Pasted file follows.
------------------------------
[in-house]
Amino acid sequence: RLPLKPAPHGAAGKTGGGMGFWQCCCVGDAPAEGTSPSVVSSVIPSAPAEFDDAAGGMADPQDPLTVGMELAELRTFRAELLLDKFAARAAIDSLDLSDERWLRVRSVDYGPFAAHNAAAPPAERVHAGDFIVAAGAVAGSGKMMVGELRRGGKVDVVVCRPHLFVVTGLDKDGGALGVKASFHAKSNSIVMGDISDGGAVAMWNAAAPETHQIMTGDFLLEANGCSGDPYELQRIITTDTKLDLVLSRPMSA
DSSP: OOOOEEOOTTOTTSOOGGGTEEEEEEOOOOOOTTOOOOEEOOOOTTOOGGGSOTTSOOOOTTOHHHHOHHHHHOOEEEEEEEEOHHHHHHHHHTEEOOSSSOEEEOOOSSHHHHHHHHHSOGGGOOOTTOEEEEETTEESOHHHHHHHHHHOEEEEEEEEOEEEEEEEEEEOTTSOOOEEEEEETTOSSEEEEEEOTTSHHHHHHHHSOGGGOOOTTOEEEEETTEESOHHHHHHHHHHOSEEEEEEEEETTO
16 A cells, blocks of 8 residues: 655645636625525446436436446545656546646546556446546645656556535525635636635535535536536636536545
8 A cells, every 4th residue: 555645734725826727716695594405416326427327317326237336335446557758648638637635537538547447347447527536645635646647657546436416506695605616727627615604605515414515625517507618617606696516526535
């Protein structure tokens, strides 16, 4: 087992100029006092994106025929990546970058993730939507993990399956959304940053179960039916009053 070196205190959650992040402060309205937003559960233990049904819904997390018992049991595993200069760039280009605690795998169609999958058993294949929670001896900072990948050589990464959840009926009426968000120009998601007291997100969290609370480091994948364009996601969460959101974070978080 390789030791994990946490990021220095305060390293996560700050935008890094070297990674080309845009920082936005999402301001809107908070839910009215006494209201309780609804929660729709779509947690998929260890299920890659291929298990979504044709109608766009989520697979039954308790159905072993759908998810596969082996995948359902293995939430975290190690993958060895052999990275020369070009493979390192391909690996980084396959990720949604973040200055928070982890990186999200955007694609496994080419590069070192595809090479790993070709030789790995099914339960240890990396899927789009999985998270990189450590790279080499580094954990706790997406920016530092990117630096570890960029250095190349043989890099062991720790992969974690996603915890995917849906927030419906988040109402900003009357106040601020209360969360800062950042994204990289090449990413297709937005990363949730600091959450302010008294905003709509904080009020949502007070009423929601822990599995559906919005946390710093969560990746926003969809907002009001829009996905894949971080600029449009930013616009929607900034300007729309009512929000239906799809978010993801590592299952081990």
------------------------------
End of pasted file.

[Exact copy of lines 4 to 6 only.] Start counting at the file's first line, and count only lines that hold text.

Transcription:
16 A cells, blocks of 8 residues: 655645636625525446436436446545656546646546556446546645656556535525635636635535535536536636536545
8 A cells, every 4th residue: 555645734725826727716695594405416326427327317326237336335446557758648638637635537538547447347447527536645635646647657546436416506695605616727627615604605515414515625517507618617606696516526535
């Protein structure tokens, strides 16, 4: 087992100029006092994106025929990546970058993730939507993990399956959304940053179960039916009053 070196205190959650992040402060309205937003559960233990049904819904997390018992049991595993200069760039280009605690795998169609999958058993294949929670001896900072990948050589990464959840009926009426968000120009998601007291997100969290609370480091994948364009996601969460959101974070978080 390789030791994990946490990021220095305060390293996560700050935008890094070297990674080309845009920082936005999402301001809107908070839910009215006494209201309780609804929660729709779509947690998929260890299920890659291929298990979504044709109608766009989520697979039954308790159905072993759908998810596969082996995948359902293995939430975290190690993958060895052999990275020369070009493979390192391909690996980084396959990720949604973040200055928070982890990186999200955007694609496994080419590069070192595809090479790993070709030789790995099914339960240890990396899927789009999985998270990189450590790279080499580094954990706790997406920016530092990117630096570890960029250095190349043989890099062991720790992969974690996603915890995917849906927030419906988040109402900003009357106040601020209360969360800062950042994204990289090449990413297709937005990363949730600091959450302010008294905003709509904080009020949502007070009423929601822990599995559906919005946390710093969560990746926003969809907002009001829009996905894949971080600029449009930013616009929607900034300007729309009512929000239906799809978010993801590592299952081990």